April 22, 2015 / 3:34 AM / 3 years ago

China's bull market 'has just begun', not a bubble: People's Daily

SHANGHAI (Reuters) - China’s bull market “has just begun”, a website run by the official People’s Daily newspaper said, calling the surge in share prices a fair reflection of the country’s growth potential and denying that it was a bubble.

An investor looks back in front of computer screens showing stock information at a brokerage house in Wuhan, Hubei province April 20, 2015. REUTERS/Stringer

China’s stock market has soared about 80 percent over the past six months, even as the country’s economic growth slowed to a six-year low of 7 percent in the first quarter, raising concerns that shares may be vulnerable to a sharp correction.

But the commentary published on the website People.cn late on Tuesday defended China’s world-beating stock performance, saying that current price levels are “just the start of the bull market,” because it “has support from China’s grand development strategy and economic reforms.”

“China is a country with GDP of 10 trillion yuan ($1.61 trillion). It has a stable political environment, steady economic development and a clear goal,” it said.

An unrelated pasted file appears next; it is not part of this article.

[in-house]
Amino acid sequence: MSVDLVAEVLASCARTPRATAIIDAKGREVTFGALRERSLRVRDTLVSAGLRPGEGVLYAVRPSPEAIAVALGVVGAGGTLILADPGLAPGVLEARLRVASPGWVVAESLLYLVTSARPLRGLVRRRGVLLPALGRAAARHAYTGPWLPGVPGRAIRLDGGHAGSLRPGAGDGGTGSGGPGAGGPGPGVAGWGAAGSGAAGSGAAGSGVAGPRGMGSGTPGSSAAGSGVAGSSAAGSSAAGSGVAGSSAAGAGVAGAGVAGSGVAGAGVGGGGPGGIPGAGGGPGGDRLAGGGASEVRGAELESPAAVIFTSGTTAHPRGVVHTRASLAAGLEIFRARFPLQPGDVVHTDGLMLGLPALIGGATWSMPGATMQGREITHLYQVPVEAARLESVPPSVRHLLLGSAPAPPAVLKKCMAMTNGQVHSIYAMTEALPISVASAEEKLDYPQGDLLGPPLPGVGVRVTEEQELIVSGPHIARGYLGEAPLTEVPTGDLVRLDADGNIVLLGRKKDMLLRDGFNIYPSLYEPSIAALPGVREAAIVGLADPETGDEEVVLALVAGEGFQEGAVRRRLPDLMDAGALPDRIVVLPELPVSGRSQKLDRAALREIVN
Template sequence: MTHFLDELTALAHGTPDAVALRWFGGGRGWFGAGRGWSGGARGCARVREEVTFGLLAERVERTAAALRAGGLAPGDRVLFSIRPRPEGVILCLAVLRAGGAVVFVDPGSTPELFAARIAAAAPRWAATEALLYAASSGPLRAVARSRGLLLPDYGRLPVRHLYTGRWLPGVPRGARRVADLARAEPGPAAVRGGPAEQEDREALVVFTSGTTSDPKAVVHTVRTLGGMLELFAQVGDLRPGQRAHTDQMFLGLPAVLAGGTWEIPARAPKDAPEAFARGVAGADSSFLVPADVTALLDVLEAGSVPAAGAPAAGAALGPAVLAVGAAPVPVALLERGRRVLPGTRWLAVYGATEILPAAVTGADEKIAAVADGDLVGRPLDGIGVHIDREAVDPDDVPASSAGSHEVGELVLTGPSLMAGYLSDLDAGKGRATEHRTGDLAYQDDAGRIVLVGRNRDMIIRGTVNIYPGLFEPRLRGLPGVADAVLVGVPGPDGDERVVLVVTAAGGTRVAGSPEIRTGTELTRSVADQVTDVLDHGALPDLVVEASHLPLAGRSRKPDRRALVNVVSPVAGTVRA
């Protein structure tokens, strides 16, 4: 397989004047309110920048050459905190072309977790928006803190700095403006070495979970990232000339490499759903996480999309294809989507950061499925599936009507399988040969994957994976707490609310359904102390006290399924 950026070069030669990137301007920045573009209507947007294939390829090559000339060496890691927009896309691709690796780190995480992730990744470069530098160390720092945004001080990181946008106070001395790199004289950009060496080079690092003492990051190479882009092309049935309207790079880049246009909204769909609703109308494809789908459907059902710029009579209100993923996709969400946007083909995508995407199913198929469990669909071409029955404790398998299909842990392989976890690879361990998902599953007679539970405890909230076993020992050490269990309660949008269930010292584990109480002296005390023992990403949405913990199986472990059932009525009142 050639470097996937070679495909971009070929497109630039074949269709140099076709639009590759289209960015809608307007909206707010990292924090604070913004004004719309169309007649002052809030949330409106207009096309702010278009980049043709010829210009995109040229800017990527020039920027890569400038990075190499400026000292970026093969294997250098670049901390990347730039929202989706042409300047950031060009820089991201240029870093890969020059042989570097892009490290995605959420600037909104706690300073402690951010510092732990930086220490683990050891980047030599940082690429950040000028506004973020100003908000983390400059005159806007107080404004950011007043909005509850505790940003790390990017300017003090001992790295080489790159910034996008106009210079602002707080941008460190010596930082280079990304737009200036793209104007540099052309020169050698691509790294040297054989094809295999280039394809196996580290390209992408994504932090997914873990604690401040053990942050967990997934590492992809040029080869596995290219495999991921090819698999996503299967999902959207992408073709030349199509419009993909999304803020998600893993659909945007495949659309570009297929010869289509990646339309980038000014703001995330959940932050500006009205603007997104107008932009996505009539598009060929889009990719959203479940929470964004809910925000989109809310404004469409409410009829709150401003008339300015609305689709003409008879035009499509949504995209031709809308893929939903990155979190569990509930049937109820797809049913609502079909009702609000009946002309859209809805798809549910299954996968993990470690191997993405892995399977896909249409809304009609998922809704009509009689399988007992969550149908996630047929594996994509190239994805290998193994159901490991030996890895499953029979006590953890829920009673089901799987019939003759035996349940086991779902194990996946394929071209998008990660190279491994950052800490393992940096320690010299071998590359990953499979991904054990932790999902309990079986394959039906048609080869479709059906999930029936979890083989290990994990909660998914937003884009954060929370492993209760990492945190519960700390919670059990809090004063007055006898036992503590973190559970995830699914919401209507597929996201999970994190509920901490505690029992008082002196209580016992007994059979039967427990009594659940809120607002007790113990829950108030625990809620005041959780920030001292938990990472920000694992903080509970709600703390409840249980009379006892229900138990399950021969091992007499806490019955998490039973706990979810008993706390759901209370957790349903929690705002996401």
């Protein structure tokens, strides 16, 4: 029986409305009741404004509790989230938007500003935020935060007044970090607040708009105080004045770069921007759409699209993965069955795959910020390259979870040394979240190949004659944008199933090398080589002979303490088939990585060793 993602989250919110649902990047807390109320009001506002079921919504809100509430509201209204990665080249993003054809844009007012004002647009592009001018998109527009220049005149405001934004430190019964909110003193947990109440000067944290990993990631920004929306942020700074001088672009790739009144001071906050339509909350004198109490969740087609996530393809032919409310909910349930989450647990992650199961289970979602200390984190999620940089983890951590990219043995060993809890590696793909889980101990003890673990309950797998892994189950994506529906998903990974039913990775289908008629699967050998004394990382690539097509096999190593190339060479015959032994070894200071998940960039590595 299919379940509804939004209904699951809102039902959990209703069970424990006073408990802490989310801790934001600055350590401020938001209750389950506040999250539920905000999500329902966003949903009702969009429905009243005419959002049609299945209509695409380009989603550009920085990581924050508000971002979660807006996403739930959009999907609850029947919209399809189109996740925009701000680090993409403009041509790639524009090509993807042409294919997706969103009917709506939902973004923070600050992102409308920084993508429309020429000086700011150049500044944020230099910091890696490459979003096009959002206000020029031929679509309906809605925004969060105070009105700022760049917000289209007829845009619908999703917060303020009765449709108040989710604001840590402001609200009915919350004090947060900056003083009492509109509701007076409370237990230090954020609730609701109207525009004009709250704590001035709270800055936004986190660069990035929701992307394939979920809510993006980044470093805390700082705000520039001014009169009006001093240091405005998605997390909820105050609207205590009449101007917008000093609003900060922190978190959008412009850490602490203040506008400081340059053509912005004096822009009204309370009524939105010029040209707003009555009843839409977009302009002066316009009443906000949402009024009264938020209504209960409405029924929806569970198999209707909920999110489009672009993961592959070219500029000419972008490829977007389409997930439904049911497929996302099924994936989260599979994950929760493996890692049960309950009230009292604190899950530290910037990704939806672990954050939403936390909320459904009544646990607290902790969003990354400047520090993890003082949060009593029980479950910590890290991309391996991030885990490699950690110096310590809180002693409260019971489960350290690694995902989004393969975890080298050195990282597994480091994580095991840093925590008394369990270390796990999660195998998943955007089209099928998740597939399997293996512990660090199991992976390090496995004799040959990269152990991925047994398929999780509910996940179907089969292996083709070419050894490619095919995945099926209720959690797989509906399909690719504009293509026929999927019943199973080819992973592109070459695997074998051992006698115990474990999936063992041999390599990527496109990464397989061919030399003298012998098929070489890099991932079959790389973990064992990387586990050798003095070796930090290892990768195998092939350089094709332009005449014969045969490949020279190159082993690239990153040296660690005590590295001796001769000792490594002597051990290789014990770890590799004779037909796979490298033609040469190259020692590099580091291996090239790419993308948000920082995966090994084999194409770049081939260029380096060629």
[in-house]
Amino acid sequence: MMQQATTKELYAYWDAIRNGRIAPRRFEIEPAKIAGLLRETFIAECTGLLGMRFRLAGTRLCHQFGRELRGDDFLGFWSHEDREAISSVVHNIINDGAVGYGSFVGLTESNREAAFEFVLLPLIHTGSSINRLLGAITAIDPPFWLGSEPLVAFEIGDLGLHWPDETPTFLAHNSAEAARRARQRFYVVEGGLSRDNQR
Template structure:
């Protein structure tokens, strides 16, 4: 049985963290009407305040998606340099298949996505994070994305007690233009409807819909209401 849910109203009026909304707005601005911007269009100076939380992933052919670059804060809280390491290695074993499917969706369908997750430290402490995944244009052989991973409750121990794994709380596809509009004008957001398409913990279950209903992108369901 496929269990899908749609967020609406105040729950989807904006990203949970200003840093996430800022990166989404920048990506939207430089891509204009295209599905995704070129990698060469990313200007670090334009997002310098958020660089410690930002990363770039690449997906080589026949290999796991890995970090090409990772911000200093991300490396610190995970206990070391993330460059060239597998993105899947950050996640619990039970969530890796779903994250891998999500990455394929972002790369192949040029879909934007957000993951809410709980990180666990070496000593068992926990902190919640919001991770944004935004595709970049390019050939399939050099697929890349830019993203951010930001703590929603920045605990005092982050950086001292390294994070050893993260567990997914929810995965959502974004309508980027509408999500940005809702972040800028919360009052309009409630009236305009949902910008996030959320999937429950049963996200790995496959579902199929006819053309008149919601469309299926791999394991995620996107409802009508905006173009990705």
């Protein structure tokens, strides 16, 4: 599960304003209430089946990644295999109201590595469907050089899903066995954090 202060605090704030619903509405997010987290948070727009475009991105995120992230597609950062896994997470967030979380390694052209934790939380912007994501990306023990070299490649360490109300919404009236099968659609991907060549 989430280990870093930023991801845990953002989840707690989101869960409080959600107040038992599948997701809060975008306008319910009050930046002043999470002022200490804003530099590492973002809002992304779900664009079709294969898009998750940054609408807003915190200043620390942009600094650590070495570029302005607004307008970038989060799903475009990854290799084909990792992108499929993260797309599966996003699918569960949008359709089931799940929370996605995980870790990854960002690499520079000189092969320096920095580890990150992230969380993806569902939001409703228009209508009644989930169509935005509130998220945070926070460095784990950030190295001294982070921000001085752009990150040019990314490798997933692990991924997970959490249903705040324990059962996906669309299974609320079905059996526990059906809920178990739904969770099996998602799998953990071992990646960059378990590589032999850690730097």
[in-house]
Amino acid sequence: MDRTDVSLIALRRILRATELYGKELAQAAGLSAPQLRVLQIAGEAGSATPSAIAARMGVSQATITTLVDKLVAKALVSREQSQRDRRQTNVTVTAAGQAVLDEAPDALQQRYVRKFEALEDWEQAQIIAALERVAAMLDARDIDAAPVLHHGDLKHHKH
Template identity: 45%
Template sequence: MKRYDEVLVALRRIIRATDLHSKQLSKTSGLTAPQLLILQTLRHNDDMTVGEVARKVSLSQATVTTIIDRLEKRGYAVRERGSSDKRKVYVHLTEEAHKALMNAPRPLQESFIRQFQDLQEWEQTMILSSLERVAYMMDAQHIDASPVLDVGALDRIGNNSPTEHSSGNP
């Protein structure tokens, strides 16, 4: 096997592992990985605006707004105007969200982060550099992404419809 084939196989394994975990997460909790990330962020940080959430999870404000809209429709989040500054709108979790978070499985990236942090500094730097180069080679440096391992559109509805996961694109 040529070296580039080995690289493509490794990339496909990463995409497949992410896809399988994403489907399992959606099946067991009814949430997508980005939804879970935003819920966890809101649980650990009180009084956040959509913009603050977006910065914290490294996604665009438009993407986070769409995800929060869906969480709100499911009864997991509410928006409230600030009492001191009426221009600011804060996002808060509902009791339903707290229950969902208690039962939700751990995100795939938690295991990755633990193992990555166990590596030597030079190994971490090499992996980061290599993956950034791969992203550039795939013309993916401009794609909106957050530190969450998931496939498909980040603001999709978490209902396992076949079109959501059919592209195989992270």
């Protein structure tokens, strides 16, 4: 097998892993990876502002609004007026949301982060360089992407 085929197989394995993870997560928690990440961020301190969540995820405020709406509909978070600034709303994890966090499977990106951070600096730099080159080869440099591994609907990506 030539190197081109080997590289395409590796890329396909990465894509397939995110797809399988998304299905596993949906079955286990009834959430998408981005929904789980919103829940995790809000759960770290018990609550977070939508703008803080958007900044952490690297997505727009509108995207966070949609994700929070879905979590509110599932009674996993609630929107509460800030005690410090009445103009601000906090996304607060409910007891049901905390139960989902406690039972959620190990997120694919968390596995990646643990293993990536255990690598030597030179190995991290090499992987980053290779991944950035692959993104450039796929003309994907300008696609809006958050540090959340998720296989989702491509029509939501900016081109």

“Shouldn’t blue-chips in such an economy repair their valuations to normal levels? If this is called a bubble, what sort of asset is not?”

The article argued that China’s “One Belt, One road” initiative, a plan to boost connectivity across Asia, will accelerate globalisation of China’s blue-chip companies as well as its financial institutions, and promote yuan internationalisation.

If one imagines the Chinese currency on its path to becoming a global currency, and Chinese banks going global, “the price/earnings ratio of Chinese banks is still low, and banking stocks are still undervalued”.

“The current red hot capital market is a normal reflection of such a development,” the article said.

Yet, the commentary also warned of the risks of speculative trading.

“If you treat Chinese shares as an embodiment of the ‘China Dream’, you can see huge investment opportunities. But if you treat the market as a casino, it is as dangerous as any casino in the world.”

Reporting by Samuel Shen and John Ruwitch; Editing by Kim Coghill

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